A Monster Hunter Competitor? Dauntless

Earlier this year, or maybe it was last year (the ragged strands of time have frayed and tangled in the tapestry of my poor, bedraggled mind) Kaiju and Magnataur and I all bought some iteration of Monster Hunter for the 3DS. My periodic blogging companion played the crap out of it. I enjoyed it in spurts. Downing dinosaurs and dragons and forging lances and codpieces of their bones holds a certain appeal. It’s a somewhat different take on the “Boss Monster: the Game” motif.

Magnataur was somewhat less down with the sickness.

You see, there was a lot going on in Monster Hunter. I don’t know if all the versions have little cat people whom you can recruit en mass to assist you in your hunting and sundry material gathering tasks, but the version we played did. There were also oodles of items and components to organize and combine, all sorts of weapon stats and bonuses to learn and be mindful of, and towns and environments that were just large enough to render navigation and travel slightly tedious. Bottom line – the monster hunting was good, but the required logistics are not for everyone.

When we read blurbs about the development of Dauntless, we flagged it. I mean it was Monster Hunter for the PC, but billed as being “from a studio formed by veteran developers who previously worked at BioWare, Riot Games, Capcom, and Blizzard Entertainment.”

That’s some promising pedigree.

A couple weeks ago I got into the closed Beta. Kindly included in my welcome email were two “friend keys,” and so along came Kaiju and Magnataur. I’ve only gotten one short session in with our favorite Alt-Godzilla, but his impression seemed favorable if somewhat tentative (I think he’ll probably skip this one and spring for Monster Hunter World next year). But I’ve had the opportunity to sneak in quite a big of solo gaming, and also a few hunts with Mag, whose enthusiasm has been picking up.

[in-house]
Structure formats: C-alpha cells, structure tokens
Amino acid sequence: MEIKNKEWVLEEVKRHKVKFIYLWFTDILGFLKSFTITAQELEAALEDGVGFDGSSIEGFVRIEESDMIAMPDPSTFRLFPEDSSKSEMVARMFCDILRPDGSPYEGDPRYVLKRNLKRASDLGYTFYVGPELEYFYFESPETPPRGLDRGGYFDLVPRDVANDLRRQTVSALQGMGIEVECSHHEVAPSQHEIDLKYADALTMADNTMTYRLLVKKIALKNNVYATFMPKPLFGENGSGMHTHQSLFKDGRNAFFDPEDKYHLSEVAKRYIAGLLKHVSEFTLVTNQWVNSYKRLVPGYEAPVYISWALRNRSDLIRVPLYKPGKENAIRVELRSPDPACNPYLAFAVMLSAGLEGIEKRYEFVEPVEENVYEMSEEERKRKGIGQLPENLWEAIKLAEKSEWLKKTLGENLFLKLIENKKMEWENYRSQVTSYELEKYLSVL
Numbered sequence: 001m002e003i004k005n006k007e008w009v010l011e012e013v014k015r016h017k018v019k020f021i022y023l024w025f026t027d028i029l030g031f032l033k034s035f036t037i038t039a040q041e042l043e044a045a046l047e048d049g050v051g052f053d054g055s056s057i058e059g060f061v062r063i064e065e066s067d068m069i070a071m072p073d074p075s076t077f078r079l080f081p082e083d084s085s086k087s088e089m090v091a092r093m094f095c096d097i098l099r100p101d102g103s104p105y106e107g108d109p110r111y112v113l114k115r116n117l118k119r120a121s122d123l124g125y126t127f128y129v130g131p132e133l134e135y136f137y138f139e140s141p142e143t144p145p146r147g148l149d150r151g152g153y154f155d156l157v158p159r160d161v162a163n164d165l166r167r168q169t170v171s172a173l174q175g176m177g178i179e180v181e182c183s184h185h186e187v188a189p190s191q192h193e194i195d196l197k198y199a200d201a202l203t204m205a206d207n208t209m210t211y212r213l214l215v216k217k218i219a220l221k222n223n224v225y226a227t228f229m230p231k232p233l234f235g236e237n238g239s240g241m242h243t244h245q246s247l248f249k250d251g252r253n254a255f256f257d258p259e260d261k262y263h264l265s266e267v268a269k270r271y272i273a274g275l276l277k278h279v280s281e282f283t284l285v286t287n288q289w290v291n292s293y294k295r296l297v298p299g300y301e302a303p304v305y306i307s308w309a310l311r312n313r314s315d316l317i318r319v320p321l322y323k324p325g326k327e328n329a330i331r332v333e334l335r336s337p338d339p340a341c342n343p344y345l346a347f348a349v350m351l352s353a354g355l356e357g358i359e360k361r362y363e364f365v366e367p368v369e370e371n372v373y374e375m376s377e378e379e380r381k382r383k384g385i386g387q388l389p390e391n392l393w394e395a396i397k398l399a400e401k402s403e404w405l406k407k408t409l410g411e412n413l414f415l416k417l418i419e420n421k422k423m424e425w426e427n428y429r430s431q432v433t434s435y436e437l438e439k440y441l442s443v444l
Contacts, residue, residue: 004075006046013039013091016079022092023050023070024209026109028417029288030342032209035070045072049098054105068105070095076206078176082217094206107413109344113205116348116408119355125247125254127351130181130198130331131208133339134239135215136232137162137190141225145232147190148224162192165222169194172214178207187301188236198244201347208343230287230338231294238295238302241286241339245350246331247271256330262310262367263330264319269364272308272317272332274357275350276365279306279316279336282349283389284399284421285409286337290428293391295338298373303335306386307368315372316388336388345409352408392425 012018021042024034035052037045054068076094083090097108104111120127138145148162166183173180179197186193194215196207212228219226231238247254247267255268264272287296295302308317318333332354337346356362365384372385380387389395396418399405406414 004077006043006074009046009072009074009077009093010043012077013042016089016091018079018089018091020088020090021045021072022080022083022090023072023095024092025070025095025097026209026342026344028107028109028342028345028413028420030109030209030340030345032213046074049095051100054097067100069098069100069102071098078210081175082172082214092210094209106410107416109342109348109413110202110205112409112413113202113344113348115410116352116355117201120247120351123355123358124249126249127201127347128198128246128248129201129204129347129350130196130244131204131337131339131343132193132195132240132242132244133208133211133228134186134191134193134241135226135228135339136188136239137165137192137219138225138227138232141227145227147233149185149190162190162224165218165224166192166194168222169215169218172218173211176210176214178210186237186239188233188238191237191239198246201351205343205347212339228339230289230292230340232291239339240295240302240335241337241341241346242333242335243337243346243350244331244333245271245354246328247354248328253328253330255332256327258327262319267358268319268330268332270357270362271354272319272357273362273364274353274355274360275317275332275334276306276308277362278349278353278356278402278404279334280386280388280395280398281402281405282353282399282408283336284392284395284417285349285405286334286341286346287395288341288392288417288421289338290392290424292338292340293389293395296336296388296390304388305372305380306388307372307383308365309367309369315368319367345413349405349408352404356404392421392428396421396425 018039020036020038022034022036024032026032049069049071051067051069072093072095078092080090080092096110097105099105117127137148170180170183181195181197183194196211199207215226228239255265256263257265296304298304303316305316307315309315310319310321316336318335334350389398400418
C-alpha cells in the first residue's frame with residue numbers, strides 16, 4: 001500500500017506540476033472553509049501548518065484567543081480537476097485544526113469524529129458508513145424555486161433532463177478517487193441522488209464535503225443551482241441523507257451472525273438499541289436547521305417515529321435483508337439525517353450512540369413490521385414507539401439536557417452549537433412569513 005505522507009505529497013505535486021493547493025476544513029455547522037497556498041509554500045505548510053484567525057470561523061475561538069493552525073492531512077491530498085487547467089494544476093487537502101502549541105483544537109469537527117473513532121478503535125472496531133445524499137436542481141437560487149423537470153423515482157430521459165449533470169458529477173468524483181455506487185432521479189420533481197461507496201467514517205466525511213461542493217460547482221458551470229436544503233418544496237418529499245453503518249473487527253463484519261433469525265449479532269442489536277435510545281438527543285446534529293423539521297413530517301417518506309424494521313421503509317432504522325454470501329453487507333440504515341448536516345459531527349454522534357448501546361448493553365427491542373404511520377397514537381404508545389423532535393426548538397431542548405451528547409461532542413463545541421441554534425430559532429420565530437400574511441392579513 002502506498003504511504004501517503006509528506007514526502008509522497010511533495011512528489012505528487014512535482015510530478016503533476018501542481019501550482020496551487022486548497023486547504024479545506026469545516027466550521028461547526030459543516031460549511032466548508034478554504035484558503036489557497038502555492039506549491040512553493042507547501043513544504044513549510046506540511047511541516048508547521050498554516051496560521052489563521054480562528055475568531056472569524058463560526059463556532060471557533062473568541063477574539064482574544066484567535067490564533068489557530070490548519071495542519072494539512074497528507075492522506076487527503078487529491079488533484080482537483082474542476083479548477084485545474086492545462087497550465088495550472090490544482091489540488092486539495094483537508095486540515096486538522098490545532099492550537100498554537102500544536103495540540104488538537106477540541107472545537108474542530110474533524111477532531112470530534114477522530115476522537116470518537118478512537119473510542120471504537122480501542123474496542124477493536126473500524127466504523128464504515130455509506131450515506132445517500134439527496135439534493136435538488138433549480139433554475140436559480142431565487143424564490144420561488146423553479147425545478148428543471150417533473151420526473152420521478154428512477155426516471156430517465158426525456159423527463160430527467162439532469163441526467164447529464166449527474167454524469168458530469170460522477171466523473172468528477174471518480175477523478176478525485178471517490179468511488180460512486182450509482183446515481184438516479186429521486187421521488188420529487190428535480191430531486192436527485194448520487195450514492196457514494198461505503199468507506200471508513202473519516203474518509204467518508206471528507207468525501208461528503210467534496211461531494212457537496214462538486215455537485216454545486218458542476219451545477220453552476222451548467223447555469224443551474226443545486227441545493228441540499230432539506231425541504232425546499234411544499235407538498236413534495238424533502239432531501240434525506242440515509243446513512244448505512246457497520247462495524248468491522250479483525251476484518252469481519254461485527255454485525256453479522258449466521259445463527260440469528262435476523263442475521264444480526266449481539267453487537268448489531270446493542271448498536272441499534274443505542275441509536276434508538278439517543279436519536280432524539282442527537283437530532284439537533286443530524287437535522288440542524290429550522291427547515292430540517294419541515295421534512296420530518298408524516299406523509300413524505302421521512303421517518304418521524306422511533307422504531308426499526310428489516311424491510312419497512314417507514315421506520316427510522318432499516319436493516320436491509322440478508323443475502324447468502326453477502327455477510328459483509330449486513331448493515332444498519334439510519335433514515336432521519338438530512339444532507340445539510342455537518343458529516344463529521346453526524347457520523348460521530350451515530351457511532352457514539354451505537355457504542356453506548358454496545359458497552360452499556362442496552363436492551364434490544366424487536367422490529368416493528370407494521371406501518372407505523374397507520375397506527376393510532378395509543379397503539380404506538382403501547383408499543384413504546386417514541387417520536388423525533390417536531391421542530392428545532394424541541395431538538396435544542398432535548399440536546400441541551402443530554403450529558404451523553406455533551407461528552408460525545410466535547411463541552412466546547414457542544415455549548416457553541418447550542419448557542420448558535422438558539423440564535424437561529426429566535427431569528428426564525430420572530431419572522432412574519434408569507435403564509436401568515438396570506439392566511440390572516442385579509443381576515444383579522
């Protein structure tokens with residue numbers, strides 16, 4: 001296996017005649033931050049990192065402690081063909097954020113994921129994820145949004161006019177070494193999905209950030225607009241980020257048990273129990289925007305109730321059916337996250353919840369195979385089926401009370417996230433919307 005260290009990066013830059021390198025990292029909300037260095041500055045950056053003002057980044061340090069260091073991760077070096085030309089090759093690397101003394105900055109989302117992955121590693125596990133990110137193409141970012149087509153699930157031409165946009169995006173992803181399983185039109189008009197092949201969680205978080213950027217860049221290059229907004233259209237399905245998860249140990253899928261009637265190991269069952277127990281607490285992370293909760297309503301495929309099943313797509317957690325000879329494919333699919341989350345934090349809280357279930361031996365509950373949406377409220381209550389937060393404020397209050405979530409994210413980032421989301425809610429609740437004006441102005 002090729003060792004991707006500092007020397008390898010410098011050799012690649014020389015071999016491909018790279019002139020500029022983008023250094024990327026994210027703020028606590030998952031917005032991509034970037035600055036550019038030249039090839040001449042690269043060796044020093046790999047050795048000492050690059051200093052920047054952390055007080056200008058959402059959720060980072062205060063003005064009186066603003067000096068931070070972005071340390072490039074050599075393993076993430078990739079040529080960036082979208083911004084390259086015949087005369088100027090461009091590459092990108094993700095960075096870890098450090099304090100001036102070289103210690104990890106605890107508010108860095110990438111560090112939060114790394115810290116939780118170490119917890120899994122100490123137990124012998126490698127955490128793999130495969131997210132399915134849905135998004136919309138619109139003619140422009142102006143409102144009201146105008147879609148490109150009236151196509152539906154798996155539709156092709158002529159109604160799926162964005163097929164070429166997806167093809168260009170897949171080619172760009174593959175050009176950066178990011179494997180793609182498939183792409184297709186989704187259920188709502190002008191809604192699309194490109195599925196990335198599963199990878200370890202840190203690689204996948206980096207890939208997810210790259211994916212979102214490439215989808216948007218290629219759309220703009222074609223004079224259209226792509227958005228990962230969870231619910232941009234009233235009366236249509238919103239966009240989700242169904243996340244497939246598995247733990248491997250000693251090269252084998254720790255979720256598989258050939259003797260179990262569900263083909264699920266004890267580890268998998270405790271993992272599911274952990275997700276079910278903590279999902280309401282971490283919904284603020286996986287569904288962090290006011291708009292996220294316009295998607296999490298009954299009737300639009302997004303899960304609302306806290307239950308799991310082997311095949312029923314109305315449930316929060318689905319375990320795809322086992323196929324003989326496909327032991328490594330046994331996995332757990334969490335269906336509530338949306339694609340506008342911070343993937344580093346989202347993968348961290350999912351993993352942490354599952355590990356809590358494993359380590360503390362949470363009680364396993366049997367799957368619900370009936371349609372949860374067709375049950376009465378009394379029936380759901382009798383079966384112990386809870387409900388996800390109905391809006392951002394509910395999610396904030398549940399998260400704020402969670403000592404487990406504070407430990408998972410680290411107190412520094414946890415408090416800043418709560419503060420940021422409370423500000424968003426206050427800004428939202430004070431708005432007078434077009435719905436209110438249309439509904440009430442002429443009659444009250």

This video by PC Gamer makes a pretty decent representation of what Dauntless is looking like. It’s almost a year old and so some elements are a little out of date (for example there are now, uh, goats running around the maps that you can kill), but most of the explanations here still hold. The graphics and audio are also in pretty much the same state, which is to say they’re in a good place.

The controls feel fluid and natural. Lag can be a little bit of an issue at times and stuttering is especially noticeable in town (where thankfully it doesn’t matter much). I’ve tried combat with both mouse and keyboard and controller, and though I prefer the latter, both are comfortable and perfectly workable options. Unfortunately some of the menus and NPC interfaces don’t play particularly well with controller, so you’ll probably be using your mouse a bit either way.

Combat feels good. It seems to me to feel faster than Monster Hunter, perhaps in part because stamina recovery is more generous in Dauntless. I haven’t tried all 4 of the weapons yet (axe, hammer, sword, chain blades), but the axe and sword feel satisfyingly different. The axe is, of course, ponderous and powerful. Primary and secondary attacks translate to vertical and horizontal swings, and your “special” is a large powerful smash.

The sword, on the other hand, is much more balanced. Its fighting style is much more about speed and getting in more attacks. You’ve got fast, weak swings that you can chain into a combo but are also easy to roll out of to avoid your enemy’s wrath, and also slower more deliberate attacks that are harder to cancel, but deliver elemental damage when using an appropriate weapon.

The chain blades, from what I’ve seen, are a “ninja” weapon focused on mobility and speed with a few cool, quick combos of both long and short range. The hammer is slow and powerful, like the axe, and also has a gun attached to it. Why not? I’ve also read that there’s a planned fifth weapon, something ranged, that will be available by open Beta.